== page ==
Change3 Enterprises LLC

Building Social Authority for Your Brand

Part 3 of the Social Geek Series

Written by Leslie Reiser on October 11, 2018.

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Setting up a social media profile is crucial and essential for businesses. B2Bs and tech companies should especially have an online presence as that is where you will find most of your audience. And social platforms aren’t just for millennials, as I’m guessing some of you reading are thinking – Sprout Social discovered that 32% of Gen Xers interact with brands more than their millennial and baby boomer counterparts.

In fact, the top choice for a customer care channel is social media, despite the fact that 89% of social media messages sent to brands are ignored.

 

89% of social media messages to brands are ignored

 

Social media is a must.

 

In my last blog, I discussed social selling and what that actually means when using it on your social platforms. One of the key components of being successful at social selling is to ensure that your social media profile, for both your brand and your employees, is complete and showcases the information that potential customers want to know about you. If your brand is still new to social media or even if you currently have a profile on a chosen platform, here are some tips on building up your social authority.

 

What is social authority?

 

To start - what exactly is social authority or in this case, brand social authority? At its basic level, it’s about showing your audience that you’re knowledgeable in your business and industry, by sharing relevant content and engaging with that audience.

 

But the first step to social authority is having a complete profile. Let’s take a look at the differences between a complete and under-completed profile on the business network LinkedIn:

 

 

Here, we have two business profiles on LinkedIn – the above image is an incomplete business profile. As you can see, only the business name, website, and industry is listed. There are no posts from the company or even information about the company itself.

 

The image below is a complete business profile from Microsoft. The company has filled out its business information, with some additional information about the company itself, what it specializes in, its website, industry, location, and company size. The company’s logo is present, while there is a larger image that gives a statement about their company and what they do.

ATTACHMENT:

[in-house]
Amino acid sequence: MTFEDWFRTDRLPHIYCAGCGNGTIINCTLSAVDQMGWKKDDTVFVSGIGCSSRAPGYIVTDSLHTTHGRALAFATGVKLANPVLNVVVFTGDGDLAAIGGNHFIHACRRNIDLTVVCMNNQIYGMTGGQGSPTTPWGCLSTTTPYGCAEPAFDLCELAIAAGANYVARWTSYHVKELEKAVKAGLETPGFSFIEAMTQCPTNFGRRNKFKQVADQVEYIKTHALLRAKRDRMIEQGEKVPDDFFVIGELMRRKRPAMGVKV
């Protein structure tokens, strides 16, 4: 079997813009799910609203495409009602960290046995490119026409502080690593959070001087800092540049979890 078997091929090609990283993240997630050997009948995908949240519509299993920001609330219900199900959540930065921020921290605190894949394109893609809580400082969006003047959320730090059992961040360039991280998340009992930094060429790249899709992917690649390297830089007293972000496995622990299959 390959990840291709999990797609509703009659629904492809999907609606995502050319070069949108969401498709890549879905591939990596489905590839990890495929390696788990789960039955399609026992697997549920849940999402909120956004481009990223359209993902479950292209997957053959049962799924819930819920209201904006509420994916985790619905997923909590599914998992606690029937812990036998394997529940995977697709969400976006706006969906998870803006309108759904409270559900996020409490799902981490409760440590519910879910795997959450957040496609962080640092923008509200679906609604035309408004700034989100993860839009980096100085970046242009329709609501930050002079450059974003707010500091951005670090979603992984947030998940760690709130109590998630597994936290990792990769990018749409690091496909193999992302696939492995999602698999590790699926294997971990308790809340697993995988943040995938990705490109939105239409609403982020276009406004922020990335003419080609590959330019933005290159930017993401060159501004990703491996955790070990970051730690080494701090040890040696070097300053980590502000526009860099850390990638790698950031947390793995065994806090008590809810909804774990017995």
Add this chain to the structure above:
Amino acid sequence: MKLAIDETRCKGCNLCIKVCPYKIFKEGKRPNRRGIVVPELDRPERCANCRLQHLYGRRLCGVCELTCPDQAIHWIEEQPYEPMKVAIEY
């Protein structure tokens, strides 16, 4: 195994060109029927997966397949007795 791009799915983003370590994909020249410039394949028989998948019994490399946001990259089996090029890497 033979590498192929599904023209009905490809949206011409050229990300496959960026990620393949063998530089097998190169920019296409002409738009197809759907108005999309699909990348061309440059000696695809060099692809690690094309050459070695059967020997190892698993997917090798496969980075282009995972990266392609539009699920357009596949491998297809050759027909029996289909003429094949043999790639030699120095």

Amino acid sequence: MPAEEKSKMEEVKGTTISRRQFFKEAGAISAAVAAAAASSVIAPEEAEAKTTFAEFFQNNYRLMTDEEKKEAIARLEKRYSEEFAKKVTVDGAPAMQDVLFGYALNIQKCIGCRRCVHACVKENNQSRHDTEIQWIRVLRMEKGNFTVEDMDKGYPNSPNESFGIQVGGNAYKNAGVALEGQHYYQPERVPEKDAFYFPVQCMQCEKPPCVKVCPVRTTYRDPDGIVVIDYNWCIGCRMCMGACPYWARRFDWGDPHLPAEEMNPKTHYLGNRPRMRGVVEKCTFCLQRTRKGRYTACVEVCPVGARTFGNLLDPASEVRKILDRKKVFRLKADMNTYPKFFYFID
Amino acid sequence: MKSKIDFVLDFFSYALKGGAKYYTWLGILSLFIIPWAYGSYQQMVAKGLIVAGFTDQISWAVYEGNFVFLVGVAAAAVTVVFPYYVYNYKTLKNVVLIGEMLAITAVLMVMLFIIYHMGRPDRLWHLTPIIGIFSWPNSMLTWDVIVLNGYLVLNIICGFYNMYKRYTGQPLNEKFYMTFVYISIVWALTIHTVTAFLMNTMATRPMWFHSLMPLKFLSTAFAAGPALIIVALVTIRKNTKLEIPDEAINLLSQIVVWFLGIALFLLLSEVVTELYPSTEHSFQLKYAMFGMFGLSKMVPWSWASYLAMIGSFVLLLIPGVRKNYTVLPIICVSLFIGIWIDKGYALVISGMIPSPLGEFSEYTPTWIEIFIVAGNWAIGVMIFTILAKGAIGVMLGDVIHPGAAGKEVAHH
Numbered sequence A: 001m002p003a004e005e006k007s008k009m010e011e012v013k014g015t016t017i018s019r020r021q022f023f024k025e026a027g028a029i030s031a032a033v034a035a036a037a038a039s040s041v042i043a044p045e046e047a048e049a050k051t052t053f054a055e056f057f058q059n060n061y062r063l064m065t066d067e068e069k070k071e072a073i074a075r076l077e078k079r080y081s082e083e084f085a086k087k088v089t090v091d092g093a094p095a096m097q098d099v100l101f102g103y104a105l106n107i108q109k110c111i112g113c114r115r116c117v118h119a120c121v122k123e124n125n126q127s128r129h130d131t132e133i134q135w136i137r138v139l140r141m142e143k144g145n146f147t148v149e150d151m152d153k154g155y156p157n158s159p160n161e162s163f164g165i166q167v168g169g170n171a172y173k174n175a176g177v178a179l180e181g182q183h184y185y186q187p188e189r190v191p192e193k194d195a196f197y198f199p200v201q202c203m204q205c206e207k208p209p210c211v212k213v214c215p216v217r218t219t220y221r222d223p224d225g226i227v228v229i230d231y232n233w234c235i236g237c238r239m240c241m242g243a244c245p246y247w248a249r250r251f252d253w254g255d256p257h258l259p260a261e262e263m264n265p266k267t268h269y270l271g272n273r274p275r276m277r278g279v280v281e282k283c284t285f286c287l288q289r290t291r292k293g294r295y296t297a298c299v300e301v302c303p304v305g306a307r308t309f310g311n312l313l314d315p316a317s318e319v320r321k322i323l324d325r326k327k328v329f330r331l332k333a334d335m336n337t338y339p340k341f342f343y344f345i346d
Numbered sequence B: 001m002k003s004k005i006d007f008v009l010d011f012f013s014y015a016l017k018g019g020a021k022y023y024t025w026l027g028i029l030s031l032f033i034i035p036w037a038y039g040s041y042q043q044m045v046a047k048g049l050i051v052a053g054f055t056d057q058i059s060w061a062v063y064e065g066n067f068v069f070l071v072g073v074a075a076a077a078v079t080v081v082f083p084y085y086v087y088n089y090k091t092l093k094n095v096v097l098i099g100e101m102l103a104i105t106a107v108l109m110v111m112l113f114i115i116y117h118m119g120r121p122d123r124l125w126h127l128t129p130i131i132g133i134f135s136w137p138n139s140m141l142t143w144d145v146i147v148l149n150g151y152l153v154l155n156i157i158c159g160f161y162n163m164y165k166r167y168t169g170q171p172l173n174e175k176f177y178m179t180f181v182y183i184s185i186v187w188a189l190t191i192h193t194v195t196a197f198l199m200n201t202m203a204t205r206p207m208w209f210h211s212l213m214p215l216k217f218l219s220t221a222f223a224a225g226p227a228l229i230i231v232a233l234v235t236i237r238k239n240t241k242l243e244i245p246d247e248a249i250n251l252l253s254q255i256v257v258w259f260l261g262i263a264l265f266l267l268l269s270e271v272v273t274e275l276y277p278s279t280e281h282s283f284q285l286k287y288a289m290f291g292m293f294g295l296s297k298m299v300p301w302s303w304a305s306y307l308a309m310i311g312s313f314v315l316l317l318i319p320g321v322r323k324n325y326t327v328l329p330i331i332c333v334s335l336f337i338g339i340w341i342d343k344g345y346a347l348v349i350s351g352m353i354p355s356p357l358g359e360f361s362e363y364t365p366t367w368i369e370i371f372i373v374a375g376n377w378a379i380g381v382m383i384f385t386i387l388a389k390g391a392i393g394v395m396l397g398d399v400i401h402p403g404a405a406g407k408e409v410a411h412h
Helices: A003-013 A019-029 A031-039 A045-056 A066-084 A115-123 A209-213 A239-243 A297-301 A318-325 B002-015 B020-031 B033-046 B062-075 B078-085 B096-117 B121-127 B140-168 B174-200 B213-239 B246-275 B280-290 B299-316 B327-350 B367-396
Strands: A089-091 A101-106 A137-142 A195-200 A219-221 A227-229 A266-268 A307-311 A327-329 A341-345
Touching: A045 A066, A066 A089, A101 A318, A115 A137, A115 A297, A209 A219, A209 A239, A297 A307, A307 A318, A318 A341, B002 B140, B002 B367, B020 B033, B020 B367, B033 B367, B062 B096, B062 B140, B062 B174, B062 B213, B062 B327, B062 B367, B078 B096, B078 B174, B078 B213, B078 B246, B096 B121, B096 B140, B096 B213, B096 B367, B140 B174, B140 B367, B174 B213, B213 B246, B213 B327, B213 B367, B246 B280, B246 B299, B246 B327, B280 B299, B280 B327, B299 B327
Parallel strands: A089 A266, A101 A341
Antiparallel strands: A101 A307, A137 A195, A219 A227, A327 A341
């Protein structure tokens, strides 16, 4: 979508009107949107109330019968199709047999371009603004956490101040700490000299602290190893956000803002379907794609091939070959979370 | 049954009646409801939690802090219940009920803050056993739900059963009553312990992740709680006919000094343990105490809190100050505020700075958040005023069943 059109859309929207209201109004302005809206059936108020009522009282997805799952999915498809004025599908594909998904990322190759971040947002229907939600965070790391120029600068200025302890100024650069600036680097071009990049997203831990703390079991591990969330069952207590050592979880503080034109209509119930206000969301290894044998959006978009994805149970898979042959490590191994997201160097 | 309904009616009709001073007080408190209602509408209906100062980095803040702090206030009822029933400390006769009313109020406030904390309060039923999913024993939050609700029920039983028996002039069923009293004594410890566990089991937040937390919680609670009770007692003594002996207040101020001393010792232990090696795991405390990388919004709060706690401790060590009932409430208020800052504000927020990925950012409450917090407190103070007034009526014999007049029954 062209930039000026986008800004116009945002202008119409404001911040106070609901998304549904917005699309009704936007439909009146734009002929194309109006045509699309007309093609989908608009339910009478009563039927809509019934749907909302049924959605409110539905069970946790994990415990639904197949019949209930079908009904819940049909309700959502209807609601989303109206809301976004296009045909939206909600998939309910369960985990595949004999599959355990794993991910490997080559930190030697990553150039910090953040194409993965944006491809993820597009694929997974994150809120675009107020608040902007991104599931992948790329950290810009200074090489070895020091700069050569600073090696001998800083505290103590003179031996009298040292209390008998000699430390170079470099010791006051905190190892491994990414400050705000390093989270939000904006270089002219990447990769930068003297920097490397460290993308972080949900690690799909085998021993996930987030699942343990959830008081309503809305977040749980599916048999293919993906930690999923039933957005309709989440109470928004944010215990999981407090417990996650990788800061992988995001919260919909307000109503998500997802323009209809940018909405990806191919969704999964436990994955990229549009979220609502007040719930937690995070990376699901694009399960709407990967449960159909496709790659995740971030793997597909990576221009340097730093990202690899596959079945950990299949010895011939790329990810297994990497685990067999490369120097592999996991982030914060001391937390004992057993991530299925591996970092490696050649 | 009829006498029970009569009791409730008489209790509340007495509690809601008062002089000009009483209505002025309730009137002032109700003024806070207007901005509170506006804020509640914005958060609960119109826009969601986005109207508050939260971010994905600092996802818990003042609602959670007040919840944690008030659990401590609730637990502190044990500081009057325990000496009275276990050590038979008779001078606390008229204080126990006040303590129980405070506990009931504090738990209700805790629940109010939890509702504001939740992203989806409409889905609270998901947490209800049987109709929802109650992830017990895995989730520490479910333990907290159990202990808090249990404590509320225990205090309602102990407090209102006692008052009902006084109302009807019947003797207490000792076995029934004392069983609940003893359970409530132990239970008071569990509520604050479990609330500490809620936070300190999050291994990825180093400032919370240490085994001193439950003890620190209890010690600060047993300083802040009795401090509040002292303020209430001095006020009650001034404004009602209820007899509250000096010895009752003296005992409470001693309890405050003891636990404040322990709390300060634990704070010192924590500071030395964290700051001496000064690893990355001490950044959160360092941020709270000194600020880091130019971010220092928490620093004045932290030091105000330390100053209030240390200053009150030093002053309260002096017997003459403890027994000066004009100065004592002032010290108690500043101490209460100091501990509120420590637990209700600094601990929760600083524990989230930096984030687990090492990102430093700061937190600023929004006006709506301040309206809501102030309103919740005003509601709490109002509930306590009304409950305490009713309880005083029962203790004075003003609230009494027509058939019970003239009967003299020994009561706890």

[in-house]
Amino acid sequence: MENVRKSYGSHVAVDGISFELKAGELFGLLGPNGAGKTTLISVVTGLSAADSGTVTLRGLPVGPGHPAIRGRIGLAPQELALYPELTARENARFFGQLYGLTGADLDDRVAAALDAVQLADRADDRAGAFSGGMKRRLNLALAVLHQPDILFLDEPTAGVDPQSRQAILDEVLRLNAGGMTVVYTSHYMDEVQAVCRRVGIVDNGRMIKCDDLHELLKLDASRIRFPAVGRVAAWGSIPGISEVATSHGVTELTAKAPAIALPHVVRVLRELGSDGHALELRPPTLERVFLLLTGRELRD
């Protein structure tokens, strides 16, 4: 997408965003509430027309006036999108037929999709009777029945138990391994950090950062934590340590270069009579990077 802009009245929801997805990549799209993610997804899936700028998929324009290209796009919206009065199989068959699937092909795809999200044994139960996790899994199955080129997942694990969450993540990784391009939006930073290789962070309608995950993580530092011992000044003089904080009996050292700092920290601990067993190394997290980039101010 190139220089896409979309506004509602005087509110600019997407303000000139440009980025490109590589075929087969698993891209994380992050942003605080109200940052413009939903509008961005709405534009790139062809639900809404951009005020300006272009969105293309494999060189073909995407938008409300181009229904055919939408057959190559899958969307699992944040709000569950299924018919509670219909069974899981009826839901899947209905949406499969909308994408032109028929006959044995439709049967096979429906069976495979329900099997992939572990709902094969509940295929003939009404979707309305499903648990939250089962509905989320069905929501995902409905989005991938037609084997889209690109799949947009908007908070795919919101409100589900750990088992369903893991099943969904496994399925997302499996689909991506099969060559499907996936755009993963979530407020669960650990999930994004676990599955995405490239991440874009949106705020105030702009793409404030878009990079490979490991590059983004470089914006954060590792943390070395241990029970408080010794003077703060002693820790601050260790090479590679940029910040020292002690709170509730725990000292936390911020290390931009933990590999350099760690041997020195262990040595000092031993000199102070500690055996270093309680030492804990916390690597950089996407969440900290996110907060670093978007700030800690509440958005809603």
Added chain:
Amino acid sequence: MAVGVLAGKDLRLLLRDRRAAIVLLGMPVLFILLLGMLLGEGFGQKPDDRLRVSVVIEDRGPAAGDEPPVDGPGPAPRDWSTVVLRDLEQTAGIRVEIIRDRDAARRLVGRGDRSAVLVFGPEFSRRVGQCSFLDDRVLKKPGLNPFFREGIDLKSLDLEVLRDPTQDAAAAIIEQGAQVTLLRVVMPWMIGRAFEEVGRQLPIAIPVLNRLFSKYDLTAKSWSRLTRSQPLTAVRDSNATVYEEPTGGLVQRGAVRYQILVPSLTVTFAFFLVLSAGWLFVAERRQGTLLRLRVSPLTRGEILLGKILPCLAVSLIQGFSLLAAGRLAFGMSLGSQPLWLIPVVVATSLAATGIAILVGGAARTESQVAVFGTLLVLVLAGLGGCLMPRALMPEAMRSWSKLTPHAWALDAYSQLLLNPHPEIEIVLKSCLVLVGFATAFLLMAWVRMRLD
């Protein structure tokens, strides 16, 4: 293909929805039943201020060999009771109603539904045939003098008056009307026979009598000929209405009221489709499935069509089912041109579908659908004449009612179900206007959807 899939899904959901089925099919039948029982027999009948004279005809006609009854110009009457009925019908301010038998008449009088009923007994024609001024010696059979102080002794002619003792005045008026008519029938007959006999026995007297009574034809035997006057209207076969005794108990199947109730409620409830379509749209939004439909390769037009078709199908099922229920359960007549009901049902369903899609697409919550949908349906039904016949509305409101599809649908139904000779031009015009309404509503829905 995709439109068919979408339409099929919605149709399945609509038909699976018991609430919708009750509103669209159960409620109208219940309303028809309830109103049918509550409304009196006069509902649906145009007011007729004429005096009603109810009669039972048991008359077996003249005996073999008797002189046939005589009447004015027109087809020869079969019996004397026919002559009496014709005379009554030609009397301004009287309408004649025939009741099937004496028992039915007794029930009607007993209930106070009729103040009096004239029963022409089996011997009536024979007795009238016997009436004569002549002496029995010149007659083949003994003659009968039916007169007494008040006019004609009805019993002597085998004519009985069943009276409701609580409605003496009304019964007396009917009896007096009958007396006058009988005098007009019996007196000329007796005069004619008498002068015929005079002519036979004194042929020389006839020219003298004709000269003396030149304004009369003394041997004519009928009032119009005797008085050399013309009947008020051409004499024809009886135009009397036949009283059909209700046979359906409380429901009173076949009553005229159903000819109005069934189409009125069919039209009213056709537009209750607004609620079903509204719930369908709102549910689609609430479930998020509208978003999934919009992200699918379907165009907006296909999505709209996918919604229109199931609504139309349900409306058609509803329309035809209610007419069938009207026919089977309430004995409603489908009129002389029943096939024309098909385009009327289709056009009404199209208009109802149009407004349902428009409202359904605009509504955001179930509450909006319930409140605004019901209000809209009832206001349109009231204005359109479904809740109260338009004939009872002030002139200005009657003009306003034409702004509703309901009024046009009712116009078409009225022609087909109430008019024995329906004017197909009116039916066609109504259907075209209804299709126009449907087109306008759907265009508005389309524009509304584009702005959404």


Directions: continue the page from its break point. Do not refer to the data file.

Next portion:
If you scroll down on their page, you’ll see they have several posts, with likes and comments on some. The following posts have been recently updated, showing that the company is actively posting on LinkedIn.

 

Microsoft LinkedIn posts

 

As a customer looking to learn more about your business, which profile do you think they would gravitate to?

 

How does my brand build social authority?

 

As mentioned above, building your brand’s social authority all begins with having a robust and professional social media profile across all the networks your brand is using. For instance, if your brand is using both Twitter and Google+, then you must have completed profiles on both of these networks, as well as making sure you have up to date content.

 

This means that you must fill out all the information on the profile page, including business name, business description, and business logo. Employees should also make sure that their profiles are completed, listing their updated job titles and linking to your company's social profile. Here is an example from one of our team members:

 

 

But you aren’t done yet.

 

Many B2Bs will fill out their profiles and make one or two posts, thinking customers will naturally flock to them. Unfortunately, social media does not work that way; many companies forget about the social part of social media.

 

Once your profile is complete, you need to actively participate within the social community. Most of the popular social networks have the option to create groups, for both individuals and businesses. Google+, for instance, had things called communities which brought together like-minded people and topics in one place. Unfortunately, at the time of this writing, Google+ is slated to be shut down by its parent company of Alphabet.

 

Google+ isn't the only social platform that allows businesses and customers to come together - both Facebook and LinkedIn allow for groups as well. Groups enable a connection between your brand and your customers, providing feedback or suggestions, as well as communication between people using your products and services in real time. Facebook's groups, for instance, have become increasingly popular for businesses.

 

Taken together, this helps to validate your expertise in your industry and starts to build trust, while nurturing your online network. As your brand becomes more social, you’ll be able to connect, follow, and friend more of your prospective customers.

 

Resources:

61 Social Media Statistics to Bookmark for 2018

Microsoft on LinkedIn


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